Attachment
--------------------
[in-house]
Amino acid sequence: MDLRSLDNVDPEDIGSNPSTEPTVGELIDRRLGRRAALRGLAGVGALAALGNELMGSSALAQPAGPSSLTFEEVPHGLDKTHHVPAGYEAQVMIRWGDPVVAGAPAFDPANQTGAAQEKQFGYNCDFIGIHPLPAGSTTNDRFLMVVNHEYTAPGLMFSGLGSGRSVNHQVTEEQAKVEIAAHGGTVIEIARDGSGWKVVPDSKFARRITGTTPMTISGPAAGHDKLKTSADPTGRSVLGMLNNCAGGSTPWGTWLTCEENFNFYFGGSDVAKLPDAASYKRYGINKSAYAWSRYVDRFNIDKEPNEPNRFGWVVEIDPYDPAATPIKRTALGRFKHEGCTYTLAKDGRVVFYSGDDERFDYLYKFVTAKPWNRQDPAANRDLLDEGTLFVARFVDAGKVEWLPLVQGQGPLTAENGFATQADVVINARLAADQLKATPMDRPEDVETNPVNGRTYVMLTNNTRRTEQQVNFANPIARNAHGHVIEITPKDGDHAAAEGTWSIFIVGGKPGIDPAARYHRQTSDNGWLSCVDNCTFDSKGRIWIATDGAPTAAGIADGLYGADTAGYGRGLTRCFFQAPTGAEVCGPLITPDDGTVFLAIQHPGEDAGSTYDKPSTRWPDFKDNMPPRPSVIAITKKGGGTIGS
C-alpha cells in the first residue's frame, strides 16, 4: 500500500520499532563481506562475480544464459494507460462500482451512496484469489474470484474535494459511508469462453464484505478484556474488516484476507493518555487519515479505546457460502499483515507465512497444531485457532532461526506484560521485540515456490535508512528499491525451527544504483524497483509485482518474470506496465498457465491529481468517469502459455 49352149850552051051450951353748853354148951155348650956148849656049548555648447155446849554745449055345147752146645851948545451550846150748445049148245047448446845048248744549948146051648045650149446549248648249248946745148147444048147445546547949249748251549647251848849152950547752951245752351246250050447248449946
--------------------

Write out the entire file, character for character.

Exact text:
[in-house]
Amino acid sequence: MDLRSLDNVDPEDIGSNPSTEPTVGELIDRRLGRRAALRGLAGVGALAALGNELMGSSALAQPAGPSSLTFEEVPHGLDKTHHVPAGYEAQVMIRWGDPVVAGAPAFDPANQTGAAQEKQFGYNCDFIGIHPLPAGSTTNDRFLMVVNHEYTAPGLMFSGLGSGRSVNHQVTEEQAKVEIAAHGGTVIEIARDGSGWKVVPDSKFARRITGTTPMTISGPAAGHDKLKTSADPTGRSVLGMLNNCAGGSTPWGTWLTCEENFNFYFGGSDVAKLPDAASYKRYGINKSAYAWSRYVDRFNIDKEPNEPNRFGWVVEIDPYDPAATPIKRTALGRFKHEGCTYTLAKDGRVVFYSGDDERFDYLYKFVTAKPWNRQDPAANRDLLDEGTLFVARFVDAGKVEWLPLVQGQGPLTAENGFATQADVVINARLAADQLKATPMDRPEDVETNPVNGRTYVMLTNNTRRTEQQVNFANPIARNAHGHVIEITPKDGDHAAAEGTWSIFIVGGKPGIDPAARYHRQTSDNGWLSCVDNCTFDSKGRIWIATDGAPTAAGIADGLYGADTAGYGRGLTRCFFQAPTGAEVCGPLITPDDGTVFLAIQHPGEDAGSTYDKPSTRWPDFKDNMPPRPSVIAITKKGGGTIGS
C-alpha cells in the first residue's frame, strides 16, 4: 500500500520499532563481506562475480544464459494507460462500482451512496484469489474470484474535494459511508469462453464484505478484556474488516484476507493518555487519515479505546457460502499483515507465512497444531485457532532461526506484560521485540515456490535508512528499491525451527544504483524497483509485482518474470506496465498457465491529481468517469502459455 49352149850552051051450951353748853354148951155348650956148849656049548555648447155446849554745449055345147752146645851948545451550846150748445049148245047448446845048248744549948146051648045650149446549248648249248946745148147444048147445546547949249748251549647251848849152950547752951245752351246250050447248449946